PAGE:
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Gajendra Ghorai and ors. Vs. Emperor - Court Judgment

LegalCrystal Citation
CourtKolkata
Decided On
Judge
Reported in13Ind.Cas.1004
AppellantGajendra Ghorai and ors.
RespondentEmperor
Cases ReferredAfatoolla Sardar v. Dwarka Nath Moitry
Excerpt:
penal code (act xlv of 1860), section 147 - rioting -cutting crops grown by accused--right of private defence. - .....land from the guardian of a certain minor. that minor, however, subsequently sold the same land to sukhamani dey. thereupon, baidyanath obtained an ex parte decree on the 14th march 1910, declaring his right to the land; and, in pursuance of that decree, he secured possession.2. now, the riot in respect of which the petitioners have been convicted, and which conviction has been upheld by the district magistrate on appeal, was due to an assertion of right by the petitioners who held as bhagdars under sukhamani. it has been found that the crop for which, the quarrel took place, was grown by sukhamani, that is, by the petitioners who would be entitled to possession of the same in their capacity as bhagdars. the decree in favour of baidyanath was one passed in a suit to which the.....
Judgment:

1. This Rule involves a contest between two persons who are, respectively, the under-tenants of Baidyanath and Sukhamani Dey. Baidyanath bought the disputed land from the guardian of a certain minor. That minor, however, subsequently sold the same land to Sukhamani Dey. Thereupon, Baidyanath obtained an ex parte decree on the 14th March 1910, declaring his right to the land; and, in pursuance of that decree, he secured possession.

2. Now, the riot in respect of which the petitioners have been convicted, and which conviction has been upheld by the District Magistrate on appeal, was due to an assertion of right by the petitioners who held as bhagdars under Sukhamani. It has been found that the crop for which, the quarrel took place, was grown by Sukhamani, that is, by the petitioners who would be entitled to possession of the same in their capacity as bhagdars. The decree in favour of Baidyanath was one passed in a suit to which the petitioners were not parties; and, even if they had been parties we are not prepared to accept the contention that possession of the land would necessarily on note delivery of possession of the crop grown thereupon. On this point, Mr. Justice Jackson, in Afatoolla Sardar v. Dwarka Nath Moitry 4 C. 814 the case to which the District Magistrate has referred, expressed his judgment with some uncertainty. He was then dealing with the sale of an under-tenure for arrears of rent under Section 66 of Bengal Act VIII of 1859.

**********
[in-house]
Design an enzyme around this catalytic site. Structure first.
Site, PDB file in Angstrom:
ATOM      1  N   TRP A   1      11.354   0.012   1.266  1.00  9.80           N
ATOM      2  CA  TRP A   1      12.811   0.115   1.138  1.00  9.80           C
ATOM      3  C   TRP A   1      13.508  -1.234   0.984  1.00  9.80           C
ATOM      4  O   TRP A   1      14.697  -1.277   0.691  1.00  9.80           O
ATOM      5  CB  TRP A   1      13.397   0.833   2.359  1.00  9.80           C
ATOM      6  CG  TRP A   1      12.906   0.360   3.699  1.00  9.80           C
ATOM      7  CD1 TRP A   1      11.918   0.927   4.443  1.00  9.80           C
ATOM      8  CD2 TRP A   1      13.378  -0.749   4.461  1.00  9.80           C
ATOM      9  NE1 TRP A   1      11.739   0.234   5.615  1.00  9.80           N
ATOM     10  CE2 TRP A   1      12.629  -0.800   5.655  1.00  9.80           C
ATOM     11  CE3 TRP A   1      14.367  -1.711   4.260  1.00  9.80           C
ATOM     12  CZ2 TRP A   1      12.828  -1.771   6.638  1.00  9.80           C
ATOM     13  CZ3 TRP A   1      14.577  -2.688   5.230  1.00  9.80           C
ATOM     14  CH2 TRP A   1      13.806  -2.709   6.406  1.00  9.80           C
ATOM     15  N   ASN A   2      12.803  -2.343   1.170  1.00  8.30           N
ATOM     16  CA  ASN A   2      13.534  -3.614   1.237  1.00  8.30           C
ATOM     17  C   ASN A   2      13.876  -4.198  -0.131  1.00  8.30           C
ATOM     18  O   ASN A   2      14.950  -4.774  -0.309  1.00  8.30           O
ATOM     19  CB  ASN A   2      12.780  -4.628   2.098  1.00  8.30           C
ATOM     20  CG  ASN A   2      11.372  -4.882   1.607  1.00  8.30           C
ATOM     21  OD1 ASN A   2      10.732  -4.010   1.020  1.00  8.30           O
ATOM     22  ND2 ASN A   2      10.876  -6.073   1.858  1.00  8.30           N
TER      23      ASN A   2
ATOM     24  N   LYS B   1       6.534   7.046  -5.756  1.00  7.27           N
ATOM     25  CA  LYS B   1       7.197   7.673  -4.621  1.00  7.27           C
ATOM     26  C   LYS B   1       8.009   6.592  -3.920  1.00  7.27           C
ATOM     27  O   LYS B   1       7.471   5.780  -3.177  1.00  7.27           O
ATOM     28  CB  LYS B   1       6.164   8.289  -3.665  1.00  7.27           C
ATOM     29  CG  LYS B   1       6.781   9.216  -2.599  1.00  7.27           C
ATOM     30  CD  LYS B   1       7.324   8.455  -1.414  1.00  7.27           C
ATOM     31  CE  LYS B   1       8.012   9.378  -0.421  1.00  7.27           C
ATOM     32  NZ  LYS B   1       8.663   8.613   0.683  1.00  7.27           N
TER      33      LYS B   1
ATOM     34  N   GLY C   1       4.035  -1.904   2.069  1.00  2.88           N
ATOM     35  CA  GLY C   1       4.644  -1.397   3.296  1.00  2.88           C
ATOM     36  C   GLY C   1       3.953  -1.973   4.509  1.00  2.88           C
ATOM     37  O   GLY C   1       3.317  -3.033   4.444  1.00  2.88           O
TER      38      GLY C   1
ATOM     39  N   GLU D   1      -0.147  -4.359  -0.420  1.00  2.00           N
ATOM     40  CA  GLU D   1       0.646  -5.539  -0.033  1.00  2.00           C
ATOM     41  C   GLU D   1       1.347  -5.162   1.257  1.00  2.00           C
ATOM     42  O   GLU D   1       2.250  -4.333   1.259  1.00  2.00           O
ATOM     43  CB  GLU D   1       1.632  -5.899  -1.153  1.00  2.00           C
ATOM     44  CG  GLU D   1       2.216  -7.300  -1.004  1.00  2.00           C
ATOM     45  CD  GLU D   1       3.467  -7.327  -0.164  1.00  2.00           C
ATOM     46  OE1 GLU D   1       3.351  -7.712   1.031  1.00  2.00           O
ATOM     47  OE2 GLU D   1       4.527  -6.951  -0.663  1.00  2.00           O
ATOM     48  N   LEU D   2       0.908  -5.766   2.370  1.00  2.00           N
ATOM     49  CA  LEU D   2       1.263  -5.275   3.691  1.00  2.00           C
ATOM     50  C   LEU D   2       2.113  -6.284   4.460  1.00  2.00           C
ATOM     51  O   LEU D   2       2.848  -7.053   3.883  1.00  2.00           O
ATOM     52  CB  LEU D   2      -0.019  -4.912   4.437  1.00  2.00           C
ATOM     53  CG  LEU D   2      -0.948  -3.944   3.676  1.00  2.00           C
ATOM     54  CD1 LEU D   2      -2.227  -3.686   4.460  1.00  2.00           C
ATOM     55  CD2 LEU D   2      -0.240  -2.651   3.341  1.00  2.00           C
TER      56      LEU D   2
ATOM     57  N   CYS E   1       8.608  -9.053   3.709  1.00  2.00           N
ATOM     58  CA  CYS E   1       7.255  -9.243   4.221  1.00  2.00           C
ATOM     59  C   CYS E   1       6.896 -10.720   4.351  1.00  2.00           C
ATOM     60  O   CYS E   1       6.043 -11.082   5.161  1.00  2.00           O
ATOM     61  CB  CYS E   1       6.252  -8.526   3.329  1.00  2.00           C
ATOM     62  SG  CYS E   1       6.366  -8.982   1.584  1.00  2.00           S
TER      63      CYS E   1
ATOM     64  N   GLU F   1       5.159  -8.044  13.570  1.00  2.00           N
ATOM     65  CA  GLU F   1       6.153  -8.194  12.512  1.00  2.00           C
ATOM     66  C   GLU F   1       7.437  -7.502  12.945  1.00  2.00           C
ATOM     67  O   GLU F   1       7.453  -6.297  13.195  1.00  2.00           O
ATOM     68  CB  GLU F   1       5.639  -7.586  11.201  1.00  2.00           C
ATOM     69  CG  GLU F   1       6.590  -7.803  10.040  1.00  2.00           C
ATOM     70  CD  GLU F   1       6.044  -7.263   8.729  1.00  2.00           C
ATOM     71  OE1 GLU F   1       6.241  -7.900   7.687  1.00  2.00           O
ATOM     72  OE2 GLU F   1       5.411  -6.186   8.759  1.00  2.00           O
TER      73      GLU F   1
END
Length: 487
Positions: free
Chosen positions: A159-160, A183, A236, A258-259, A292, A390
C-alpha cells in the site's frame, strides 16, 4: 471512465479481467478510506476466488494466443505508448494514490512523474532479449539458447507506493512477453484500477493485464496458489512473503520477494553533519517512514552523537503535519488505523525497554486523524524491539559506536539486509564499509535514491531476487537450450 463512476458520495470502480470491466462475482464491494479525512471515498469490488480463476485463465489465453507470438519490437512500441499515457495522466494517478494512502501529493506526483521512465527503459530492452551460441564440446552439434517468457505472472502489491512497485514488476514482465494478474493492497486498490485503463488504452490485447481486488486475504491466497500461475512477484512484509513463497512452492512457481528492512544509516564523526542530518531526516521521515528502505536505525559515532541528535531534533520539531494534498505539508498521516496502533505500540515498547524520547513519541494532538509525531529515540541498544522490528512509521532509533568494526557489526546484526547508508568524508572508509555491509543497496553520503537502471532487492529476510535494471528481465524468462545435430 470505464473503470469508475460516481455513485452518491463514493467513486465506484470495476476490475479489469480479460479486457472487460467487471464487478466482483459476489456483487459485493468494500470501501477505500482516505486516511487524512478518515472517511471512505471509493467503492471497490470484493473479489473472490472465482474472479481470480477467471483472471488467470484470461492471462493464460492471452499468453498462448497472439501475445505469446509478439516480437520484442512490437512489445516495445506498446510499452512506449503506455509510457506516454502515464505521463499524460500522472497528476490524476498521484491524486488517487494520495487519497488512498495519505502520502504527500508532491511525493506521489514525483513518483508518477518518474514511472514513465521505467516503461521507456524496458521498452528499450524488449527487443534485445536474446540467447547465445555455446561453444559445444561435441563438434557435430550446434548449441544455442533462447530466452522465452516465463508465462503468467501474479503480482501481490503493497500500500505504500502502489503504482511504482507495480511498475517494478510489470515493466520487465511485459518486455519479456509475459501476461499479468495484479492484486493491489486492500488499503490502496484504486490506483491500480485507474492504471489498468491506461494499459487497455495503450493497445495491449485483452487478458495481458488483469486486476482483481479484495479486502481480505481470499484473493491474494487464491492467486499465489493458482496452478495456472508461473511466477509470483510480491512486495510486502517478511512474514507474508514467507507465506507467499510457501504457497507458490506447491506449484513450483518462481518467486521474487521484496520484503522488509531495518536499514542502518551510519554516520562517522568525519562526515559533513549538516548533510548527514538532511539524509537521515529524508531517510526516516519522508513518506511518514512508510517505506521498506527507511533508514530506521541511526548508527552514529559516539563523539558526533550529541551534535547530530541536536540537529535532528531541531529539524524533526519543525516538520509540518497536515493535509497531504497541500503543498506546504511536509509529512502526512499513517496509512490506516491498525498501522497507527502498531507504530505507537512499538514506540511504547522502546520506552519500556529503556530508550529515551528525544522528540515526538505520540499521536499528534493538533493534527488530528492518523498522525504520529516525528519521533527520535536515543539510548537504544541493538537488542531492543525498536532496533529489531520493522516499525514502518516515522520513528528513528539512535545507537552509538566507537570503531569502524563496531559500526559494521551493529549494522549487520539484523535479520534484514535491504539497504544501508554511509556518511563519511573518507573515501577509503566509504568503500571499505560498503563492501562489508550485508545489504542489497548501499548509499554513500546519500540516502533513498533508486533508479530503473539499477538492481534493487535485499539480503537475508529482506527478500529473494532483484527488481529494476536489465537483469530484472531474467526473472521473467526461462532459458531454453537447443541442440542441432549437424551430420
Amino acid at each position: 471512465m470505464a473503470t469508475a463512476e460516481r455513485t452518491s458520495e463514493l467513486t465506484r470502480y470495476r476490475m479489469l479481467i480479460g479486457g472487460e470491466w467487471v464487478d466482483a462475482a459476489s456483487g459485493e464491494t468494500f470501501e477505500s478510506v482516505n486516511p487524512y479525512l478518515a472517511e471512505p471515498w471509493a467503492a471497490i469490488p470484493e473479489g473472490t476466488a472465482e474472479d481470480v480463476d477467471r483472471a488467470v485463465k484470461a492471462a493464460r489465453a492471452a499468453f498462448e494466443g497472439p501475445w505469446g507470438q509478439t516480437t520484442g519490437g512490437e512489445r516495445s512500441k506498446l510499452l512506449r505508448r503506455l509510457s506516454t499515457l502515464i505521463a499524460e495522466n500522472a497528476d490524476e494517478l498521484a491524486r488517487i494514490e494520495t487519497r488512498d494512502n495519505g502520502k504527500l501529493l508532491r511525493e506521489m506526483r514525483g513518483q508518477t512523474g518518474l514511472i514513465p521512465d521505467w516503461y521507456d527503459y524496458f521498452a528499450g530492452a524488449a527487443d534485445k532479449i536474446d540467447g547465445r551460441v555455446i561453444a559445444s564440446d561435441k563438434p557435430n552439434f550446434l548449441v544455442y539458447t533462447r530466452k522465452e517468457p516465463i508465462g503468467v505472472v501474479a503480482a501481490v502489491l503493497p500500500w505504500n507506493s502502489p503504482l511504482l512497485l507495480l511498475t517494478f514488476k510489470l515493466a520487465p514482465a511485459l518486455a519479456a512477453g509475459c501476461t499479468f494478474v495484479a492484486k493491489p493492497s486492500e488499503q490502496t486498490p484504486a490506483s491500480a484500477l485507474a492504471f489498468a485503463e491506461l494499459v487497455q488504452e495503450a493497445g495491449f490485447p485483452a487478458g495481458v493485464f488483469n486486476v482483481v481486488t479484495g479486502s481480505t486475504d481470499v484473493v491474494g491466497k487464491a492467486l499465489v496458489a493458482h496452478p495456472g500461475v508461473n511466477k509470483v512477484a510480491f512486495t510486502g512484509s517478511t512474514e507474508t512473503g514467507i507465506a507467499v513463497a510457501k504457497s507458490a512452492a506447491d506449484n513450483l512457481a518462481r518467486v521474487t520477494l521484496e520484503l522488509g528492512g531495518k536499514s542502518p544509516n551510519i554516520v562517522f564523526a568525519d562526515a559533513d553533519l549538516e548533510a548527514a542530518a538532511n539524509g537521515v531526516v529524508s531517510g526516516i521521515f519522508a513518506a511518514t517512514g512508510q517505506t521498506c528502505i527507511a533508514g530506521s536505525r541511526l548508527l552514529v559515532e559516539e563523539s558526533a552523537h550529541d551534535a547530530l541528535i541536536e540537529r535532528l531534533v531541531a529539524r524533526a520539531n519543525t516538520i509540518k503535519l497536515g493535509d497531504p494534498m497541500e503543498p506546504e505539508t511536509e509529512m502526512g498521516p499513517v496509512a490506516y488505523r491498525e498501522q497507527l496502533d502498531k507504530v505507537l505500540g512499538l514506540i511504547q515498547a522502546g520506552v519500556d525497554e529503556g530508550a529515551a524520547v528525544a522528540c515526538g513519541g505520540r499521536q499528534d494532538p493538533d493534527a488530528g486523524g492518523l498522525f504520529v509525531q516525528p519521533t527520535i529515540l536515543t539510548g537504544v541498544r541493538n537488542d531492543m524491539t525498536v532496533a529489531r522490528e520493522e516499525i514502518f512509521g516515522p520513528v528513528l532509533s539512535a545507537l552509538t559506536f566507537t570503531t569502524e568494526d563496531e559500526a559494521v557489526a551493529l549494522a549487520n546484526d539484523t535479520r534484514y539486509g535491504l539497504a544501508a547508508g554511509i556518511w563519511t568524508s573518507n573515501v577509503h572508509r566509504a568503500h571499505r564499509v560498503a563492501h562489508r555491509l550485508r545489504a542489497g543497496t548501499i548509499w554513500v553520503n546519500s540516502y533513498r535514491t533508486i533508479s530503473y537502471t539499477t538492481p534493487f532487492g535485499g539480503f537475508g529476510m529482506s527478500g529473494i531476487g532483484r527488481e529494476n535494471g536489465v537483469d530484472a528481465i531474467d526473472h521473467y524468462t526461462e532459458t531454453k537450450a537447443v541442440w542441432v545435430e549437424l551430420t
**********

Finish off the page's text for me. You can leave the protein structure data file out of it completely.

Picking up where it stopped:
3. On general principles, however, there can be no doubt that the petitioners who actually cultivated the disputed crop, being no parties either to the suit or to the delivery of possession of the land, were justified in claiming what they had grown and in resisting the action of the complainant when he wont to take possession. We are not prepared to say that the right of private defence was exceeded in the circumstances of this case.

4. The Rule is therefore, made absolute and the conviction and sentences are set aside.

5. The petitioners will be discharged from the obligation of their bail-bonds.


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